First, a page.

Burma has a population 75 million with the Muslim population being just 0.7 million. The Burmese Muslims have been under this affliction after 1962 when the Army usurped the power in Burma. It all started on 3rd June 2012 when 11 innocent Muslims were killed by the Burmese Army and the Buddhist mobs after bringing them down from a bus. A vehement protest was carried out in the Muslim majority province of Arakan, but the Protestants fell victims to the tyranny of the mobs and the army.
Trying to elude capture and an imminent killing; Burmese Muslims thronged to the Bangladeshi border, but all they met was dismay. The Government of Bangladesh refused to offer them asylum.
Over 500 Muslim villages have been incinerated hither-to. Thousands have been exterminated. The persecution of the Burmese Muslims at the hands of the Buddhist mobs is at its full swing. Yet all the human rights organizations have maintained a criminal silence up till now. Has the Muslim world become so callous that they remain undeterred by such genocide?
This is not a new thing or an unprecedented massacre. Muslims have been a subject to such hostility even before. If we go through the annals of history we come to the very tenable conclusion that Muslims were always on the suffering side. Islam is a religion of peace and harmony. It doesn’t allow its followers to lay-waste any other tenet. This leaves behind a big question mark. Why are the followers of such a peaceful religion being oppressed from time to time?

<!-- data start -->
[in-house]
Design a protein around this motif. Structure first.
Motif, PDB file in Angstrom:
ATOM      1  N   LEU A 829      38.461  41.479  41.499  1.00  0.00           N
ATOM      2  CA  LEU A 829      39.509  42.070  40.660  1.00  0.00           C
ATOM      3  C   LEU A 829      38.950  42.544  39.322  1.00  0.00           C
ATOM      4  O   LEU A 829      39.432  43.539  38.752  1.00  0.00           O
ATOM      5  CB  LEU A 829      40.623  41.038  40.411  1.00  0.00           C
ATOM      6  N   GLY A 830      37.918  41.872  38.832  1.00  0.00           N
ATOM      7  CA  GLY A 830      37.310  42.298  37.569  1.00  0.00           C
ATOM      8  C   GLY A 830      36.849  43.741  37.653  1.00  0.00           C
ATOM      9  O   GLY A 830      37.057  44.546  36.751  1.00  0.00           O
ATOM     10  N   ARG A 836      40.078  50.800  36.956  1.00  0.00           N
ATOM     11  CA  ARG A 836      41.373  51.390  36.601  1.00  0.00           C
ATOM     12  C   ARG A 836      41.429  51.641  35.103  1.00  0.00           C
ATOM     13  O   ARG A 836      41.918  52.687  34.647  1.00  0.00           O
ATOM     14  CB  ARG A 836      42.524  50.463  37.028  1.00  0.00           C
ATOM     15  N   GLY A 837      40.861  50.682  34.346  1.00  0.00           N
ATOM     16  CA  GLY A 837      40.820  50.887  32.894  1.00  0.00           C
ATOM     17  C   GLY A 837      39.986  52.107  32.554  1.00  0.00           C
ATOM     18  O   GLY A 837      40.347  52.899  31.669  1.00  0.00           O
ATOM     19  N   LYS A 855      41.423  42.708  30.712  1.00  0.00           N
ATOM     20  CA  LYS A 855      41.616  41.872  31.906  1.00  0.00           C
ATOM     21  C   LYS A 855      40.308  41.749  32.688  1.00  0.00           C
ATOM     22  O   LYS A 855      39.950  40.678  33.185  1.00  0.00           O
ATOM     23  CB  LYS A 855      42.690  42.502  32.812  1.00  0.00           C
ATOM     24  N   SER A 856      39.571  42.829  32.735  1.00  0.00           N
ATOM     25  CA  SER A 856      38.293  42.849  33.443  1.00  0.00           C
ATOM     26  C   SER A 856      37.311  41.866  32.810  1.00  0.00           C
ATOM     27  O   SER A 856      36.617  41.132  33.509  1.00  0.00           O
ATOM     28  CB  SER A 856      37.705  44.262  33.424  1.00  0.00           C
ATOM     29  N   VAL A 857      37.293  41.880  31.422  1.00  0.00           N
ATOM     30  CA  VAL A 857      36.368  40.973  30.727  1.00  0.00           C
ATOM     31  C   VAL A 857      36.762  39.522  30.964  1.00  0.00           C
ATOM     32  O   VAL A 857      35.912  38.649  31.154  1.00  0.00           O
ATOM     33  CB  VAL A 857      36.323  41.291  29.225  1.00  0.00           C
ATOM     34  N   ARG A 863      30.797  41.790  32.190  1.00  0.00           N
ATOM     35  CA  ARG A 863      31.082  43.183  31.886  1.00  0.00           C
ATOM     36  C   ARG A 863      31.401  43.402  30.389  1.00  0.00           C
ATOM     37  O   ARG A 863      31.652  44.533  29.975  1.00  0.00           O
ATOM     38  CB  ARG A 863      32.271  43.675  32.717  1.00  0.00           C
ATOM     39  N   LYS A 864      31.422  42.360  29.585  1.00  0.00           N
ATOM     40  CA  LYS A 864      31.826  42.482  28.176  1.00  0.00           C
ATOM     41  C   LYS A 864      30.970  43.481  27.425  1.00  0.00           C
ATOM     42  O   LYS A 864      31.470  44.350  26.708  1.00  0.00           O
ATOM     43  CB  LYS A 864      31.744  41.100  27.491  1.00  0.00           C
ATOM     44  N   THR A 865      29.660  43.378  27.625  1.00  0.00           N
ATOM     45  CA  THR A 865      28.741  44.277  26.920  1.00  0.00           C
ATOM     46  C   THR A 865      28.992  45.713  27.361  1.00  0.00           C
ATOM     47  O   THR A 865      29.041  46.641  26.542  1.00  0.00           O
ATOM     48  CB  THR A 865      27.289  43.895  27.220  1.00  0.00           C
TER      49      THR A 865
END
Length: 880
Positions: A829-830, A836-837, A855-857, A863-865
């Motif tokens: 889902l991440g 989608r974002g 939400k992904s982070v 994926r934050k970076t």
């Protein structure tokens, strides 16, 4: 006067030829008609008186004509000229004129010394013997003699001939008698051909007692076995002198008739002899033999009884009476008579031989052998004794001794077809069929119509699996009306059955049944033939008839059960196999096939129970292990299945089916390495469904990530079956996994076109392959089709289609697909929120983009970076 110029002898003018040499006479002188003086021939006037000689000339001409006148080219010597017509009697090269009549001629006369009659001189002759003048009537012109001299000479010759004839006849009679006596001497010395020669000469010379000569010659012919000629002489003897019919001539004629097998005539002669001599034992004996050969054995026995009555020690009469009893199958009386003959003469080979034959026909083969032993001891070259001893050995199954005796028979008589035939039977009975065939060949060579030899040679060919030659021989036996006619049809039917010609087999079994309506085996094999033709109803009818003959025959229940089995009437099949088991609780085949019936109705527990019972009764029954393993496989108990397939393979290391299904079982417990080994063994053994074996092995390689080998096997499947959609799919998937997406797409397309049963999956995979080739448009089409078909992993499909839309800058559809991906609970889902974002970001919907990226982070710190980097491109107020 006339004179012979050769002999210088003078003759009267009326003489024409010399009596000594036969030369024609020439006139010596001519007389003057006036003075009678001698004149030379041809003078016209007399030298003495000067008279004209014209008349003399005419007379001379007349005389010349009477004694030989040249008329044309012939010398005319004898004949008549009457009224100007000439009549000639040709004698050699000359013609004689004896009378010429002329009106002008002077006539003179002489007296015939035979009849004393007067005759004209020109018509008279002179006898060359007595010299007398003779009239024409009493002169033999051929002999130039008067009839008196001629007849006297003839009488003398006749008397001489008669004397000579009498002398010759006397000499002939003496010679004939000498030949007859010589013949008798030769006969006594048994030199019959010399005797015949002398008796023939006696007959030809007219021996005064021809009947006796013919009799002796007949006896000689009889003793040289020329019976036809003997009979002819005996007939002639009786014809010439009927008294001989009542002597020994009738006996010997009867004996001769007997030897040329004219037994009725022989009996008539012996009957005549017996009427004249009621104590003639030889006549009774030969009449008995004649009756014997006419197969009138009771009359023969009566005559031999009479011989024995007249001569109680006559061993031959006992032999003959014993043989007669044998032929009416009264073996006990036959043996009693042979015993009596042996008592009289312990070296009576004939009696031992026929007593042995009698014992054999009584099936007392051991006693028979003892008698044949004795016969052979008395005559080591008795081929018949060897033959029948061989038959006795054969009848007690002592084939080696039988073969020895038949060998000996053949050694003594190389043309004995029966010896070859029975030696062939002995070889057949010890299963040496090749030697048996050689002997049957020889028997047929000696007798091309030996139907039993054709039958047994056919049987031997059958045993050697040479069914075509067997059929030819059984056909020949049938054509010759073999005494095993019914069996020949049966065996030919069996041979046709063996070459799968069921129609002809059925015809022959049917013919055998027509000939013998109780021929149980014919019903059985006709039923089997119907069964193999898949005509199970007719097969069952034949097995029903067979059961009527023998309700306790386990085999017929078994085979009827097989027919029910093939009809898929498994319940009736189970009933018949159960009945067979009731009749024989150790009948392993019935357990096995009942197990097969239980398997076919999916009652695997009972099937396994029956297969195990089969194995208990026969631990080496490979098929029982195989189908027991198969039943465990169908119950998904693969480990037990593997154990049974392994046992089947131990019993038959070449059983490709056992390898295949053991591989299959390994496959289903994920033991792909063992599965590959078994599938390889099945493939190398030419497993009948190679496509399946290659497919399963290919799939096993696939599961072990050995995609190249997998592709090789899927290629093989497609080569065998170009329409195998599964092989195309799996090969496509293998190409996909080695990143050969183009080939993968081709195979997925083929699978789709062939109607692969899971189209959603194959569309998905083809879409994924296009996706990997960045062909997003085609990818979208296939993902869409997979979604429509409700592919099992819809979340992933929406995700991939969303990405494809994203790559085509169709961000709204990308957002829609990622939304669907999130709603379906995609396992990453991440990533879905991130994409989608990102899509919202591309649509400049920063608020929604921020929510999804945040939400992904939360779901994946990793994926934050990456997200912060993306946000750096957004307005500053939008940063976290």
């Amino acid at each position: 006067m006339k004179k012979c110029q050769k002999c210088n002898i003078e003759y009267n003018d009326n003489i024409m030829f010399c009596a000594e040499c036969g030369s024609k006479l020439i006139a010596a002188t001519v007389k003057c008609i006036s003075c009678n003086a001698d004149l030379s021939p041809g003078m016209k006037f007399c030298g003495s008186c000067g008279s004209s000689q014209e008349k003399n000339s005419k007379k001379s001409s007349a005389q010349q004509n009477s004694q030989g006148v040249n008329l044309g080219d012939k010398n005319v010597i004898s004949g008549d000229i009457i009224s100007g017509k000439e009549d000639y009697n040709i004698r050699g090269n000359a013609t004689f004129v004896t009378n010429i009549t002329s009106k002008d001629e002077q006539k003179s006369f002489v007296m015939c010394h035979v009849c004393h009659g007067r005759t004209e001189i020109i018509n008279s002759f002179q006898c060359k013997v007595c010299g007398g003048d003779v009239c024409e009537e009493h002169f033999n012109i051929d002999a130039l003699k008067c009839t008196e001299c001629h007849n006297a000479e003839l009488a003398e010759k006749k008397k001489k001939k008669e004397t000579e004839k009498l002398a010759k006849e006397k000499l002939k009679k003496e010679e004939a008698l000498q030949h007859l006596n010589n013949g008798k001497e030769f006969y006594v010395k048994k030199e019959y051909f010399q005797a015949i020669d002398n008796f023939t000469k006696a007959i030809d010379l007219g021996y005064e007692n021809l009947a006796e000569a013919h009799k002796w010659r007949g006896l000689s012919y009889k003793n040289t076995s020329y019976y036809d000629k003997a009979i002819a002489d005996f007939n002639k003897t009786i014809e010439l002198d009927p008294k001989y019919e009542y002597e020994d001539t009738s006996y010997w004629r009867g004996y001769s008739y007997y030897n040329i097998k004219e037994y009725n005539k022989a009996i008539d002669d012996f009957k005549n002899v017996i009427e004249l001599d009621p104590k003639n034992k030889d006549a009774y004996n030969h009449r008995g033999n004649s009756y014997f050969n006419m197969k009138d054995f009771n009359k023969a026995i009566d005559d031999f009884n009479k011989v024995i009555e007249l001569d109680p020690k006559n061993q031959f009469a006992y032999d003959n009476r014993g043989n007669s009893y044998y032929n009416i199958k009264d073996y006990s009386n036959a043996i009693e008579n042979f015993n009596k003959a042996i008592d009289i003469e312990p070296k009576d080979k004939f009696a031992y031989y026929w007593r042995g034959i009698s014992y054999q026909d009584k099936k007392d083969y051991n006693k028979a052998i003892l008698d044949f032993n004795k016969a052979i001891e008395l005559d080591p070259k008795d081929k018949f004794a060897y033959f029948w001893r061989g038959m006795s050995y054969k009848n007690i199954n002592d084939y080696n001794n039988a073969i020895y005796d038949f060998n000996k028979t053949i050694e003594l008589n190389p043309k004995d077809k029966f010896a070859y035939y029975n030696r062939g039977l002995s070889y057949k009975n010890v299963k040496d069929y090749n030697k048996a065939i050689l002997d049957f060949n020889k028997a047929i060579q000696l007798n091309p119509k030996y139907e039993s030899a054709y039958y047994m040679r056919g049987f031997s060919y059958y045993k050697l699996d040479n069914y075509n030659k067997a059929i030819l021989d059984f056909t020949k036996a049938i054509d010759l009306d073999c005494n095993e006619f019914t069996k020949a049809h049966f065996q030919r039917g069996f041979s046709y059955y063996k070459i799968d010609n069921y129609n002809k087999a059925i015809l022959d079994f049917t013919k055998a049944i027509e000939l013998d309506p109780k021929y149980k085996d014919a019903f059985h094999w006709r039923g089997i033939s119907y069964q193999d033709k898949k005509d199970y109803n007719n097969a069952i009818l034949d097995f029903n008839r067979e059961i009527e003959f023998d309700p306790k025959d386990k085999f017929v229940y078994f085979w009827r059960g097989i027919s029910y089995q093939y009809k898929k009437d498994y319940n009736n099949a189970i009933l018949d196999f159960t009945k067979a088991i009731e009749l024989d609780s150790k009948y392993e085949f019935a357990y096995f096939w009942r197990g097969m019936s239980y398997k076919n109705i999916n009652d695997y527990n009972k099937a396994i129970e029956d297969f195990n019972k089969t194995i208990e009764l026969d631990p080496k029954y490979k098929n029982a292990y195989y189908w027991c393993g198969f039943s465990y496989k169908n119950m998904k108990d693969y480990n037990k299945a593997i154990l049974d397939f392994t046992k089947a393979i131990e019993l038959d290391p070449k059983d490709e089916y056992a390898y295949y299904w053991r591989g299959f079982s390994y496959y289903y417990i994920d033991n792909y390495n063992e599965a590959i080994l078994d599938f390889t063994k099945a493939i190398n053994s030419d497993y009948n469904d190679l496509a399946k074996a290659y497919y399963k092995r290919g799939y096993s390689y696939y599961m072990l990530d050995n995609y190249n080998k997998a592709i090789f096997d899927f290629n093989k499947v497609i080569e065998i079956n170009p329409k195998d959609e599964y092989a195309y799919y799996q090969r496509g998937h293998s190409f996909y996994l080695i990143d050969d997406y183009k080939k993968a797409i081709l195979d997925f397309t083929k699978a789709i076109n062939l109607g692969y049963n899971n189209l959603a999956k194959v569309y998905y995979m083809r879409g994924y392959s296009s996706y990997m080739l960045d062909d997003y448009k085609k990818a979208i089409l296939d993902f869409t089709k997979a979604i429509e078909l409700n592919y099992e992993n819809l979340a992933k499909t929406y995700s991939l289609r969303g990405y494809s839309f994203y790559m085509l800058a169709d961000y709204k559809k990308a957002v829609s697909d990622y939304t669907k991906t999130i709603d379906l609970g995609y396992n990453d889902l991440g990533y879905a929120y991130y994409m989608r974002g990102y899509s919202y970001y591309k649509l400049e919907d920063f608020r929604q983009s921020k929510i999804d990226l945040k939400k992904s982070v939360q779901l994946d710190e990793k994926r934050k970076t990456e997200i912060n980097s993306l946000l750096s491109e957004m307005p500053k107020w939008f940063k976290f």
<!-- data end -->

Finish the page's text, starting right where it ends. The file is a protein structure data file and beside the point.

The fear stricken faces of the poor Burmese Muslims really cuts one apart. The glimpse of their bruised bodies is a heart rending spectacle. Where is the UN now? Why isn’t the International media highlighting this issue? Why are the competitive authorities of the Muslim world procrastinating?
Stop killing the Burmese Muslims. JI did a meritorious job by staging rallies against this brutality. The government of Pakistan should raise a voice in favor of the poor Burmese Muslims at the international forum. The whole Muslim world should join hands to get the poor Burmese out of their distress and misery.
In lieu of launching into a tirade against the killings, something should be done on the ground. If we don’t help out our brothers there then we are equally responsible for their bloodshed. We won’t be able to satisfy our conscience, and the abrasive cries of the Burmese Muslims will keep on pinching us throughout our lives.